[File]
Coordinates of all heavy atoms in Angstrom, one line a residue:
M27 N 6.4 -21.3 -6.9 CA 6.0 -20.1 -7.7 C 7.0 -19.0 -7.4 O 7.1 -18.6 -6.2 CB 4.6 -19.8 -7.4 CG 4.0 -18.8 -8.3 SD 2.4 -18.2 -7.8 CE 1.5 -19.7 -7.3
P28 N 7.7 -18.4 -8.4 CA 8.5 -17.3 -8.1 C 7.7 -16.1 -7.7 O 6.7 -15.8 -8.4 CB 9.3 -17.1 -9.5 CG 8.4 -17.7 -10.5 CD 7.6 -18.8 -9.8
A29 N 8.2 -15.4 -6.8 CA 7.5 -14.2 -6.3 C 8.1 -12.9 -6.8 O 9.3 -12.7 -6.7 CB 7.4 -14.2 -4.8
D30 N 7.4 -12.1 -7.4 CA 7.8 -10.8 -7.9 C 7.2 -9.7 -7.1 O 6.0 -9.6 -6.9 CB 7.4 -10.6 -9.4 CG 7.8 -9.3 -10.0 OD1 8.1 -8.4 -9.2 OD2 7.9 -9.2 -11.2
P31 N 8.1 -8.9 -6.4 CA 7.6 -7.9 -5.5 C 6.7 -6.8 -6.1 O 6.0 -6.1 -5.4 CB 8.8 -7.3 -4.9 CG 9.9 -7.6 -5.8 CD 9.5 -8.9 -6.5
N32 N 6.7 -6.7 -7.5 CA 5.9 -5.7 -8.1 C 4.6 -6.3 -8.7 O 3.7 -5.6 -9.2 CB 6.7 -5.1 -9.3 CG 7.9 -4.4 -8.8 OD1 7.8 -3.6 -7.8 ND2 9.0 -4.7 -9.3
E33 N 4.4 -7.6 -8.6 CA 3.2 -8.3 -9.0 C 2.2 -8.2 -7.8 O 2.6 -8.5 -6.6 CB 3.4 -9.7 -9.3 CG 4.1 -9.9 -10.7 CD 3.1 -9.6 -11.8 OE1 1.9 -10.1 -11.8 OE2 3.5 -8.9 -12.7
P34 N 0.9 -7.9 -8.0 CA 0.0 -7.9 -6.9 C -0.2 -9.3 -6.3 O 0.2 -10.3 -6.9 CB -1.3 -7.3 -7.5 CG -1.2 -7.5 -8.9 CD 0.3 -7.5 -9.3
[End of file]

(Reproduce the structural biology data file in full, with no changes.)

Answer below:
Coordinates of all heavy atoms in Angstrom, one line a residue:
M27 N 6.4 -21.3 -6.9 CA 6.0 -20.1 -7.7 C 7.0 -19.0 -7.4 O 7.1 -18.6 -6.2 CB 4.6 -19.8 -7.4 CG 4.0 -18.8 -8.3 SD 2.4 -18.2 -7.8 CE 1.5 -19.7 -7.3
P28 N 7.7 -18.4 -8.4 CA 8.5 -17.3 -8.1 C 7.7 -16.1 -7.7 O 6.7 -15.8 -8.4 CB 9.3 -17.1 -9.5 CG 8.4 -17.7 -10.5 CD 7.6 -18.8 -9.8
A29 N 8.2 -15.4 -6.8 CA 7.5 -14.2 -6.3 C 8.1 -12.9 -6.8 O 9.3 -12.7 -6.7 CB 7.4 -14.2 -4.8
D30 N 7.4 -12.1 -7.4 CA 7.8 -10.8 -7.9 C 7.2 -9.7 -7.1 O 6.0 -9.6 -6.9 CB 7.4 -10.6 -9.4 CG 7.8 -9.3 -10.0 OD1 8.1 -8.4 -9.2 OD2 7.9 -9.2 -11.2
P31 N 8.1 -8.9 -6.4 CA 7.6 -7.9 -5.5 C 6.7 -6.8 -6.1 O 6.0 -6.1 -5.4 CB 8.8 -7.3 -4.9 CG 9.9 -7.6 -5.8 CD 9.5 -8.9 -6.5
N32 N 6.7 -6.7 -7.5 CA 5.9 -5.7 -8.1 C 4.6 -6.3 -8.7 O 3.7 -5.6 -9.2 CB 6.7 -5.1 -9.3 CG 7.9 -4.4 -8.8 OD1 7.8 -3.6 -7.8 ND2 9.0 -4.7 -9.3
E33 N 4.4 -7.6 -8.6 CA 3.2 -8.3 -9.0 C 2.2 -8.2 -7.8 O 2.6 -8.5 -6.6 CB 3.4 -9.7 -9.3 CG 4.1 -9.9 -10.7 CD 3.1 -9.6 -11.8 OE1 1.9 -10.1 -11.8 OE2 3.5 -8.9 -12.7
P34 N 0.9 -7.9 -8.0 CA 0.0 -7.9 -6.9 C -0.2 -9.3 -6.3 O 0.2 -10.3 -6.9 CB -1.3 -7.3 -7.5 CG -1.2 -7.5 -8.9 CD 0.3 -7.5 -9.3